The quarter is also home to the luminous “Fiesta de las Luminarias” on select weekends (December 2–18), whereby some 6,000 luminarias (candle-lit paper lanterns) symbolically light the way for the Holy Family. Come by after December 3, and you’ll also get to ogle the “River of Lights” spectacle, featuring over 100 underwater lights and fiber optic-outfitted water features along the new Museum Reach section of the River Walk (free; www.thesanantonioriverwalk.com). In conjunction with the amped-up display, the city is additionally holding its inaugural “Light Up Downtown Holiday Contest” in 2011, which has downtown business owners competing for the most creative holiday light displays – and your starry-eyed attention.
Virginia is indeed for lovers – and holiday light lovers might just lead that pack! Coming together for one sparkling statewide spectacle, their “100 Miles of Lights” festival strings together illuminated extravaganzas between six cities (all set within a 100-mile span), including Richmond, Williamsburg, Newport News, Hampton, Norfolk, and Virginia Beach. Millions of holiday lights and family-friendly celebrations combine for this one-of-a-kind event, including Virginia Beach’s “McDonald's Holiday Lights at the Beach,” which refashions the boardwalk into a striking nautical- and holiday-themed light display, complete with a 40-foot-tall Christmas tree installed right on the beach – it’s the only time of year that vehicles can drive right on the boardwalk (now–January 1; $10 weekdays, $15 weekends per vehicle; www.beachstreetusa.com).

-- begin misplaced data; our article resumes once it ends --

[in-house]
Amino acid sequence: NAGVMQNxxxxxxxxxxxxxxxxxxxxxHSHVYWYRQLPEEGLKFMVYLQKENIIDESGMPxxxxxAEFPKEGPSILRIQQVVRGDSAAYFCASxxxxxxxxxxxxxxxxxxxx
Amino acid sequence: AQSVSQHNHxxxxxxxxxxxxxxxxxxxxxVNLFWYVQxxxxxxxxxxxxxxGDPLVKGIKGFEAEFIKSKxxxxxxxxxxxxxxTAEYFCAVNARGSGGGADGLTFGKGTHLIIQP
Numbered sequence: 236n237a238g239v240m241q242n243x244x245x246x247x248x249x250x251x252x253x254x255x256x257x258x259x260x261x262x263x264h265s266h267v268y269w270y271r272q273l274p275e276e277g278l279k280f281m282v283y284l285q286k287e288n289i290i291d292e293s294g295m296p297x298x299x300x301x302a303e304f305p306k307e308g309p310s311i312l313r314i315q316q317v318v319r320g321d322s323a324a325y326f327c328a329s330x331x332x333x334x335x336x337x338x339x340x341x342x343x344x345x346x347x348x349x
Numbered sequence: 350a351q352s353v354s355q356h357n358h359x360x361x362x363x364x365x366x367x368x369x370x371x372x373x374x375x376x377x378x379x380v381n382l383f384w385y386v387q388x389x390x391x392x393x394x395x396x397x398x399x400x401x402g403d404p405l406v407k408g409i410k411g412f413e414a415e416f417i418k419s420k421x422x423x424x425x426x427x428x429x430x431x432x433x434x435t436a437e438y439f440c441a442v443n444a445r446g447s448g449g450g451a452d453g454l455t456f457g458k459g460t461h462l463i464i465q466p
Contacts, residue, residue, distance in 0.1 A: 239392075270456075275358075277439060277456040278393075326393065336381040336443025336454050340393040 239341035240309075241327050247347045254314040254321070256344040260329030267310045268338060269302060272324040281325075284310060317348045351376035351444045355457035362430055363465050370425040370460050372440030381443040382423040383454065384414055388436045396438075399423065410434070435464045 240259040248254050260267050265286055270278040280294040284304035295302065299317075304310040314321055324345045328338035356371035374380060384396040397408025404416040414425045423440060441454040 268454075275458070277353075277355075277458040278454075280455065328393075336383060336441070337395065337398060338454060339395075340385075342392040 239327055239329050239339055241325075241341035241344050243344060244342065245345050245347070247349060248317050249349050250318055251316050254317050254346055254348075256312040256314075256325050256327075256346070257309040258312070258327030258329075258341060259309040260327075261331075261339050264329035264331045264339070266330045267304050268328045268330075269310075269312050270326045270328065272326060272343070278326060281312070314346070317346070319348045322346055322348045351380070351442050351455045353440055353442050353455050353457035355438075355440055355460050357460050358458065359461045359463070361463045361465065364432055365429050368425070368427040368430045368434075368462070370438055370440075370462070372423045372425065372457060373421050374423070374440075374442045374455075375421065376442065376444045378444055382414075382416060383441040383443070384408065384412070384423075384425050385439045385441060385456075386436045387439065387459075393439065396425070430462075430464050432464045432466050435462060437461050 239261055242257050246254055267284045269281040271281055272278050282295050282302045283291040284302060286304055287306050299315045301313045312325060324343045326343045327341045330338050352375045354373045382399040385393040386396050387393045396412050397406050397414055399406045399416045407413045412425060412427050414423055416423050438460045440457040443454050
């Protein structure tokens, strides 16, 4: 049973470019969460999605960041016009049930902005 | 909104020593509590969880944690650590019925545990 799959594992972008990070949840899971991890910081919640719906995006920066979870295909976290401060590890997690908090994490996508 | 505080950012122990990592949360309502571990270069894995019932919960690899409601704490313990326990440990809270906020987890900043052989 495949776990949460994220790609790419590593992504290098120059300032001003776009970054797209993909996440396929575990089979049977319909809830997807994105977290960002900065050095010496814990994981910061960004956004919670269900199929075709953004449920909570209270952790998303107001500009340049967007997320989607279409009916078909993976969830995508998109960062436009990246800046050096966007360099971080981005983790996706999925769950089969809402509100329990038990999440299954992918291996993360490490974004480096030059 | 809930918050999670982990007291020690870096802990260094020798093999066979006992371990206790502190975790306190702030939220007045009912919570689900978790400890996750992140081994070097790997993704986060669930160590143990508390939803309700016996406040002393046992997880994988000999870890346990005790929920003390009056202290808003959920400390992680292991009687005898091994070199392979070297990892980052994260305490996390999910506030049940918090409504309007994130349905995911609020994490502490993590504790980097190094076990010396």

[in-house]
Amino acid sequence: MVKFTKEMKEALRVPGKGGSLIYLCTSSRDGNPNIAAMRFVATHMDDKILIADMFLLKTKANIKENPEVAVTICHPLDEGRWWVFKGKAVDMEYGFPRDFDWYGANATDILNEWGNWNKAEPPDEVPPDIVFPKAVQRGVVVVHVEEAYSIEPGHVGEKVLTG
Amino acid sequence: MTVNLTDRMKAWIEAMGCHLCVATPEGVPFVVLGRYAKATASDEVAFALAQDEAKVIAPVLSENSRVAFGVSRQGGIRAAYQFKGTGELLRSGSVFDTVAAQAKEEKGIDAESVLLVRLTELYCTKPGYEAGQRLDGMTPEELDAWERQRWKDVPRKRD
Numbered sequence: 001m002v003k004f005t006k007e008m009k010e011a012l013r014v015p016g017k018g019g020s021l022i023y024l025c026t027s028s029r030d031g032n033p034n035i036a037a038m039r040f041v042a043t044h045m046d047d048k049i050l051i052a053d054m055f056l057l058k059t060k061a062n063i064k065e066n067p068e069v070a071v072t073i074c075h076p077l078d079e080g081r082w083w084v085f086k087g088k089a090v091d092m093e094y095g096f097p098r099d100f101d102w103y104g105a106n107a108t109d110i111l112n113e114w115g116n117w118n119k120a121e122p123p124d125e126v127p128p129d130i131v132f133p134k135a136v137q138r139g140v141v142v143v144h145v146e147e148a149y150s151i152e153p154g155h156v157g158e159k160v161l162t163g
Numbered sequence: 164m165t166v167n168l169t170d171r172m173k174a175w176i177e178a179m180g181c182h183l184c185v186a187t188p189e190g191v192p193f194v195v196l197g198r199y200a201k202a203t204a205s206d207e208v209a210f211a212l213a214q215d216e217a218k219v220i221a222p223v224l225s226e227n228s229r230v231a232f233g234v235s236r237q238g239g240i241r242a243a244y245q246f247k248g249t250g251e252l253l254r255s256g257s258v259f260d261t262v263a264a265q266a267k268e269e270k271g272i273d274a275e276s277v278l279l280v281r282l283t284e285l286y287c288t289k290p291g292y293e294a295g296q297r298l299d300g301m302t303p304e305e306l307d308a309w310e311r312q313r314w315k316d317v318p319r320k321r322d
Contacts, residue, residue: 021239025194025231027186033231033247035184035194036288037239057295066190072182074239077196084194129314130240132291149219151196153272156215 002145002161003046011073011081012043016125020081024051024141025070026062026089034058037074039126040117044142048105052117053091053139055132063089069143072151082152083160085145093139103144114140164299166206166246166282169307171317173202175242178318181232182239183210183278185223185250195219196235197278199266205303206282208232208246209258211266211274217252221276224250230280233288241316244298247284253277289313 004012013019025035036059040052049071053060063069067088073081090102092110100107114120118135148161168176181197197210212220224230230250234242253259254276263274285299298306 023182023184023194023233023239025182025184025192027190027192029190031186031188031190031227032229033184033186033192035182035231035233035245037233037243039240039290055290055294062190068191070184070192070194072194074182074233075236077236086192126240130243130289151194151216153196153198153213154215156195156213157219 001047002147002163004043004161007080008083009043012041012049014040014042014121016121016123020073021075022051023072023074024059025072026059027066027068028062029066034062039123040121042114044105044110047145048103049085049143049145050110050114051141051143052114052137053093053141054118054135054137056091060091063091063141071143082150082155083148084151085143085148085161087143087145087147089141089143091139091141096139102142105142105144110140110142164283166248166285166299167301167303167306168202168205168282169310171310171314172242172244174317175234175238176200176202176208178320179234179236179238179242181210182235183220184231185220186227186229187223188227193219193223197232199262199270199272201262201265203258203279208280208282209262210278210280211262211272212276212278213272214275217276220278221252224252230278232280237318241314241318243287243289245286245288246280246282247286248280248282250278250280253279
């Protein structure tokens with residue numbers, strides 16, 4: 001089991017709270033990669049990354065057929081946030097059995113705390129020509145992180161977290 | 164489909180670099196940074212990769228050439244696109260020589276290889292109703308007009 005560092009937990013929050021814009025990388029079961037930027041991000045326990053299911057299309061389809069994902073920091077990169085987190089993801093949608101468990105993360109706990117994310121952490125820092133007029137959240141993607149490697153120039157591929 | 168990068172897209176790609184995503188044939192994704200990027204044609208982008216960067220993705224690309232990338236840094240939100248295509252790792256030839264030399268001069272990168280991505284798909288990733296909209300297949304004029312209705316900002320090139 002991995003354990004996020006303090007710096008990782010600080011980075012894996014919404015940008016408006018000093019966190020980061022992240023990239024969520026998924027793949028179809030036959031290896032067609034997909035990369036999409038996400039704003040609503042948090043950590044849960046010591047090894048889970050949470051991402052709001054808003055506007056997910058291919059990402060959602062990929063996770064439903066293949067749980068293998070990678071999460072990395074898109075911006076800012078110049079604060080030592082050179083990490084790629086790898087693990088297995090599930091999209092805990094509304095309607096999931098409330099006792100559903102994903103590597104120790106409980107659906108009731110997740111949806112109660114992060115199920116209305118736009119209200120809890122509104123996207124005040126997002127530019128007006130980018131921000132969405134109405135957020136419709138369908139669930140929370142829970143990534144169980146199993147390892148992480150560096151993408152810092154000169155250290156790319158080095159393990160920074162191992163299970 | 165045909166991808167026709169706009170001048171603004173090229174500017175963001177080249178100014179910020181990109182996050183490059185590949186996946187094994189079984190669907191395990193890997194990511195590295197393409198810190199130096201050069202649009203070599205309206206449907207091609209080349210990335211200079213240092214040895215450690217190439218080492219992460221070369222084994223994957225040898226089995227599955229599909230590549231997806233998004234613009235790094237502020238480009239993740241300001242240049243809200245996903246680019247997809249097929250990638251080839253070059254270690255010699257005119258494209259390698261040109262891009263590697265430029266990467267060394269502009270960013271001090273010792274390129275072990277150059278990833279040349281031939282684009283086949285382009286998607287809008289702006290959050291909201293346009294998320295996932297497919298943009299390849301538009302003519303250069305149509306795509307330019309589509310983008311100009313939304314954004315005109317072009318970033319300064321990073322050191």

On November 19, Norfolk’s “Grand Illumination Parade” unfolds, rolling out flashing floats, soaring balloons, marching bands, dancers, and a visit from Santa himself, all in celebration of the illumination of downtown Norfolk (lights stay up through January 1; free; www.downtownnorfolk.org/enjoy/hic). Another highlight is Newport News’ “Celebration in Lights,” an eye-catching, 2-mile, Yule-fueled drive past the forests, fields, and lakes of Newport News Regional Park, all beautified by more than 700,000 holiday lights and 200 illuminated displays (November 24–January 1; $10/vehicle; www.newport-news.org).
10. Baltimore, MD
When it comes to Christmastime magic, it seems that “34th Streets” across the country are a bona fide breeding ground for just that. Just look to Baltimore’s Hampden neighborhood each holiday season, where for more than 60 years, a charming block of row houses on 34th street has been transformed into what’s been dubbed “Christmas Street” and the “Miracle on 34th Street.” Residents come together in a labor of love to bedeck their properties with a holiday hodgepodge of larger-than-life snow globes, flashing angels, musical trains, and blinking lights galore – a handful of the homes will even allow visitors inside to peek into their indoor Christmas wonderlands, as well (November 26–January 1; free; www.christmasstreet.com).
Try and coordinate your visit with the colorful “Parade of Lighted Boats,” an event where more than 50 vessels festooned with holiday lights illustrate Baltimore’s nautical and Christmas spirit on December 3 (free; www.fpyc.net). Plus, new for 2011, the harbor-front Power Plant building will shine with holiday lights, lasers, and 3D effects during early evening hourly show times (now–December 31; free; www.itsawaterfrontlife.org).